7. Expert Member
    Dana Dorsett | | #12

    If it's only a 1-1.5' run to the roof deck it means there's only 18" between the HVAC cabients & roof deck?

    If yes, that's a very localized "hot spot" for snow melt for starting ice dams. Installing some rock wool batt insulation in those rafter bays extending three to five feet either side of the furnace & air handler may slow down the process to tolerable levels. Install chutes maintain the code-minimum 1" clearance between the batts & roof deck, and install the thickest amount that fits. Can you take some pictures of the proximity of the HVAC to the roof deck? I'm guessing that those rafter bays are where the major melt-out begins, and the major ice dams are just down-slope of the HVAC(?) which would be easy to spot by the flue pipe sticking out.

    Insulating around the flue will help some- 10% of the source fuel heat is going out that pipe. Hopefully it's directed straight up on the exterior, not horizontally where the warm flue gases will accelerate melting.

    1. Expert Member
      Dana Dorsett | | #13

      Another thought:

      If the exhaust flue/vent can run horizontal and run out of a gable end it would get rid of that very hot-spot where it exits the roof. According to the installation manual you'll have over 100' of allowable vent length even with 7 ells along the path. See the chart on page 17 of the installation manual:

      https://www.hvac.com/media/manuals/installation/GOODMANGKS9.pdf

      Even though a longer path within the attic puts more total heat into the attic space, it doesn't have the concentrated hot spot at the roof penetration melting snow to get the ice dam started.

  8. Asdfjkl2 | | #14

    Good thought Dana. The house doesn't have Gable end vents, but it was something we had noodled over at one point, but it seemed like the consensus was that with soffit and ridge vents already in place the benefit of Gable vents wouldn't really be there.

    As an aside, we had some decent frost overnight and I wanted to share some telling pictures of the front and back of the roof before the sun hit it this morning. It was about 40° outside when I took these

    1. Jon R | | #15

      Does the ice dam appear in the center of the roof edge or all along it?

      Some wireless temperature probes would be useful in measuring success.

      I agree that insulating the roof deck (while leaving the attic ventilated) would help significantly. I don't think code requires a 1" vent below the roof deck in this "unconditioned" already-vented attic case.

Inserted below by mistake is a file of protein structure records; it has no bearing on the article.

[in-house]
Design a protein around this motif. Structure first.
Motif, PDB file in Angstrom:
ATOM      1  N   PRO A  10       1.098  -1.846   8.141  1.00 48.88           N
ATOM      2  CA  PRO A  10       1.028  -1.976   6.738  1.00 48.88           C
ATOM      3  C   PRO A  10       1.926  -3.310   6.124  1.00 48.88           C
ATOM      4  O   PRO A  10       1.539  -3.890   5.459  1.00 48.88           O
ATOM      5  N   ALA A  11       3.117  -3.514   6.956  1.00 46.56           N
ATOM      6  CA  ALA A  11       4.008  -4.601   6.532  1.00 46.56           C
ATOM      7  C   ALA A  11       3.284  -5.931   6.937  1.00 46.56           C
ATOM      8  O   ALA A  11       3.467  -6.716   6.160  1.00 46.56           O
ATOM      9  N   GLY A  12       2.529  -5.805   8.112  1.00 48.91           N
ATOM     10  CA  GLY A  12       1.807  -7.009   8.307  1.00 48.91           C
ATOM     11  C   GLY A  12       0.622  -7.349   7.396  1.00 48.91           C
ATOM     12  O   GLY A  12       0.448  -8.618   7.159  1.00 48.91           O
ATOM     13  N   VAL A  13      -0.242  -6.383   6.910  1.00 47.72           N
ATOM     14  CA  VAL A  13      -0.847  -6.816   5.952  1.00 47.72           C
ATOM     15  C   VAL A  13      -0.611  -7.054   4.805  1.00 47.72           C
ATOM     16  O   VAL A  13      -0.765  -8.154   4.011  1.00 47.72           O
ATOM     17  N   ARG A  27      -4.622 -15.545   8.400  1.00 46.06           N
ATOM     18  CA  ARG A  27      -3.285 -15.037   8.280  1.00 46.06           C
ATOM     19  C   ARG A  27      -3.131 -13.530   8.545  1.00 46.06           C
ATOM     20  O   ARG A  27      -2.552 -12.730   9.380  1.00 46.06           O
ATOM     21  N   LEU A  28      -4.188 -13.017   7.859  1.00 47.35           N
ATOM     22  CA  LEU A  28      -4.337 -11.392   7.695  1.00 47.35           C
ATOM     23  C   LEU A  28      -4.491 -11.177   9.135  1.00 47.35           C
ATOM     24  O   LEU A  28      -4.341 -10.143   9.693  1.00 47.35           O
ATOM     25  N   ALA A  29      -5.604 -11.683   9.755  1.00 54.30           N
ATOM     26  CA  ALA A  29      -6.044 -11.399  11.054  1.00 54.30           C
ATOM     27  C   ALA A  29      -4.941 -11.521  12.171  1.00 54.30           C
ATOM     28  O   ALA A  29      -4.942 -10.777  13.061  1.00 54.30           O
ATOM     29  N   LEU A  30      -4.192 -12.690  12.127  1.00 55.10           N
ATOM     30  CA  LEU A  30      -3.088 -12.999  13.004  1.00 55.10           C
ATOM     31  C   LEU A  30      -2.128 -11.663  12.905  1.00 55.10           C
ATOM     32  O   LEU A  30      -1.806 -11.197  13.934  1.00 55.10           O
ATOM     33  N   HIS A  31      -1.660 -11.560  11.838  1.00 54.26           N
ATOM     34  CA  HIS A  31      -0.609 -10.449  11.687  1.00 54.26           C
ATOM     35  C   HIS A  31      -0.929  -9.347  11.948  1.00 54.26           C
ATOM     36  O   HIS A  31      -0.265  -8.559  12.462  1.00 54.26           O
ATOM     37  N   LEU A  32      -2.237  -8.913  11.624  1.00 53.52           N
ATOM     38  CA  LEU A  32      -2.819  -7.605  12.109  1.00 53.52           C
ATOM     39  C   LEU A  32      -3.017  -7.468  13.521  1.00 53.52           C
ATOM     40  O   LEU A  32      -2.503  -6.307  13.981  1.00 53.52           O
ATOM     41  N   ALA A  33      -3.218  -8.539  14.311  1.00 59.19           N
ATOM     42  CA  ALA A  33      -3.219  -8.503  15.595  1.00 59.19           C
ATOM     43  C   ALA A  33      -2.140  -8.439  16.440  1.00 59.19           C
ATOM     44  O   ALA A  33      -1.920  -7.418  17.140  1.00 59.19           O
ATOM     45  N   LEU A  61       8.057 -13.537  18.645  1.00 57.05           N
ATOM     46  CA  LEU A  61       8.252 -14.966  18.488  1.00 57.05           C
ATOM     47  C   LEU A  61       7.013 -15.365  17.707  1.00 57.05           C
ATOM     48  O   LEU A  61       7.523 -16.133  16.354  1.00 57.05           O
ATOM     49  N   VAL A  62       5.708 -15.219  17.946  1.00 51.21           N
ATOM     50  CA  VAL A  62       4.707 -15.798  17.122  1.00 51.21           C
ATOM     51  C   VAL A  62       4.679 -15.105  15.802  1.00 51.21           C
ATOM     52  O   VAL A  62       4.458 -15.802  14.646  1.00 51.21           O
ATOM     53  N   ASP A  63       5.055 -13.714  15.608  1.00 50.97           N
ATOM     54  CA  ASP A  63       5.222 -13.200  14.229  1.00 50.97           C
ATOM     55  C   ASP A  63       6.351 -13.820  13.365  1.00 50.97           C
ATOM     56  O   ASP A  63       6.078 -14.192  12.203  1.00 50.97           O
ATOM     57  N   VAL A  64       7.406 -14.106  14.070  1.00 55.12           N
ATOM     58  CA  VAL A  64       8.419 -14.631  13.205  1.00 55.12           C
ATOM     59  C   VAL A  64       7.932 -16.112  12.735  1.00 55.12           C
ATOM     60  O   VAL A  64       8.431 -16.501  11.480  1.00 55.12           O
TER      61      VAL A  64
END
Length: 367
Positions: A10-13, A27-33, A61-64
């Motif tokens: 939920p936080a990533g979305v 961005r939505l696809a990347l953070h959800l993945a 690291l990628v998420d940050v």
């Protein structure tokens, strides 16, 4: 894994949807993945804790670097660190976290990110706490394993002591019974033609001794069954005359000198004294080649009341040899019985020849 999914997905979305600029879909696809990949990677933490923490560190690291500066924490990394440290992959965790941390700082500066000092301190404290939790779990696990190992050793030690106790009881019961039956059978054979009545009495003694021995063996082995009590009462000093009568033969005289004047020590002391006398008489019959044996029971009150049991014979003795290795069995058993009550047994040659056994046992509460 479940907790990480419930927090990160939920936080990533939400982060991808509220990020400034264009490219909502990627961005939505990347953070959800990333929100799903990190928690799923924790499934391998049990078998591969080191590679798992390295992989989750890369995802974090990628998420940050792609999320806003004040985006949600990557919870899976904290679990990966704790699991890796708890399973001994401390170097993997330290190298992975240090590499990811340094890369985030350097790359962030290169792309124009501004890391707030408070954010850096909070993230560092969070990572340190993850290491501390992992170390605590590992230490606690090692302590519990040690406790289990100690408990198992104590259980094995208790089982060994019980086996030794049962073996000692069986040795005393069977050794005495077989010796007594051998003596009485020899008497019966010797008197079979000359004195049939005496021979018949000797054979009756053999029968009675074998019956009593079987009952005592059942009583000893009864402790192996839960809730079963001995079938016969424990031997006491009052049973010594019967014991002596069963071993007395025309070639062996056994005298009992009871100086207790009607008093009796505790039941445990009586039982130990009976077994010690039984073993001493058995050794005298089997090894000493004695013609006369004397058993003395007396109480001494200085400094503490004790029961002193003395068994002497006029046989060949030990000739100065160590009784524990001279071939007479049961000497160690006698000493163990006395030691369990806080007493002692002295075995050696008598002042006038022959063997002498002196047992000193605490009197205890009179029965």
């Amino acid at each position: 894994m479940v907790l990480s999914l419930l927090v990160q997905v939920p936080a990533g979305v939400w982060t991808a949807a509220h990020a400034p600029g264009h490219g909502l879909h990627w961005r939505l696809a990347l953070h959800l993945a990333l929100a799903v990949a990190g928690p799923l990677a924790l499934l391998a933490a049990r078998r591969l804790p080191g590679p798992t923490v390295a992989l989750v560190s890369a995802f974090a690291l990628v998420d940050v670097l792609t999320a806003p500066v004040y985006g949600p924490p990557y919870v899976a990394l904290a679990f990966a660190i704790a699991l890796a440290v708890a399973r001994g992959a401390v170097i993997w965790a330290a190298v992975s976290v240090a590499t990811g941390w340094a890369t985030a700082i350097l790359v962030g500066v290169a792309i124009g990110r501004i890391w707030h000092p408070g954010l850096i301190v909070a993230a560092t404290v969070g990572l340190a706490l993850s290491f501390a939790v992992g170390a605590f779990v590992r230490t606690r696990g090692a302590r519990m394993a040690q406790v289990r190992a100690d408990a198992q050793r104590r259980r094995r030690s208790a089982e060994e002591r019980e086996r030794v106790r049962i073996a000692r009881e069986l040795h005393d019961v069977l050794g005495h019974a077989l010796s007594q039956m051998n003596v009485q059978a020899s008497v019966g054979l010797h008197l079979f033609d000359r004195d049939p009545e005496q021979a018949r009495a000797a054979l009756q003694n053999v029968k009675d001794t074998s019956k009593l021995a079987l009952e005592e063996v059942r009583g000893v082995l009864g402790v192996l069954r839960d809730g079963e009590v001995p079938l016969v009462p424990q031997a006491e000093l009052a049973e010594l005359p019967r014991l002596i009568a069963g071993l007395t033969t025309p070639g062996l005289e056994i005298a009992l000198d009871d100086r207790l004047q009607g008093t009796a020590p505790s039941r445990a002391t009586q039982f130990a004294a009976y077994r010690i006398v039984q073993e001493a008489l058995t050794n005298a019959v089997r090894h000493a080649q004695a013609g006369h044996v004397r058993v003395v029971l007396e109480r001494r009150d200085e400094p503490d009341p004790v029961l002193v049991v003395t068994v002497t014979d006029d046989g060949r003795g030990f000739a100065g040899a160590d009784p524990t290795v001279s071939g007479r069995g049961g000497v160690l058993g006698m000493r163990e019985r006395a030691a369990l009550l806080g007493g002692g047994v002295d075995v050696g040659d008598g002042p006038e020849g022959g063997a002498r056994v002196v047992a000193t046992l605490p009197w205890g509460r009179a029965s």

9. Expert Member
    Dana Dorsett | | #16

    The only real frost is on the overhangs, which is pretty common in light-frost conditions.

    It looks like melt-out at the (bath fan?) vents. If the frost were heavier you might be better able to spot exactly where the furnace is hovering below the roof deck.

  10. Walter Ahlgrim | | #17

    Your photos make me think your attic venting is not working. Can you see day light thru the ridge vents or just the soffits?

    If your venting is working the temperature inside your attic should be almost the same as outdoors on cloudy days, is it?

    Walta

    1. Expert Member
      Dana Dorsett | | #18

      The attic venting can work just fine and still have that characteristic very strongly when there is the distribution losses of a furnace & ducts heating up the attic. No amount of venting is going to overcome the hot-spot of a thinly insulated or uninsulated cabinet on a furnace. That's the fundamental problem causing the ice damming here.

      The colder it is outside, the more the furnace runs, with more parasitic heating of the attic space. The difference in interior & exterior temperature will increase as the outdoor temperatures drop.

      You can see from the frost on pitch that doesn't have the vents sticking out that the attic is somewhat warmer in the middle (where the furnace is) than at the gable ends. The side with the roof penetrations is mostly melted-out, probably due to the furnace being on that side, but it could be partly due to higher amounts of sun.

  11. Asdfjkl2 | | #19

    The roofer I just had out that recommended the power vent went into the attic and his comments were "jeez, it's warm up here.. and there doesn't seem like there's much fresh air either"..

    Outdoor temp was about 45°, attic might've been 65°, house was 70°

    I can see daylight near the soffit baffles but not through the ridge vent, however I suppose I wouldn't necessarily see it up there with the shingle overhang.

    Just for giggles, here's a picture of what it looked like last winter

    1. Expert Member
      Dana Dorsett | | #22

      >The roofer I just had out that recommended the power vent went into the attic...

      What means "...the power vent went into the attic..."?

      The power vent needs to exit the attic, but preferably at the gable, not through the roof.

      >"Outdoor temp was about 45°, attic might've been 65°, house was 70°"

      During the shoulder seasons on sunny days it's not unusual for attics to hit north of 60F (even when it's below 40F on calm sunny days). An asphalt shingled roof is essentially an unglazed solar collector. That's also how it can get to be north of 110F in the attic when it's only 80F outside in summer.

      Walter is correct to suggest you verify the venting details of the attic, but that's really more about moisture purging than temperature.

      1. Asdfjkl2 | | #23

        Thanks Dana - I meant I had a roofer out and he recommended a power vent that would exit from the roof. I'm not certain how near to the gable it would be

  12. Asdfjkl2 | | #20

    By the way, thank you all for the input. Really appreciate it

  13. Walter Ahlgrim | | #21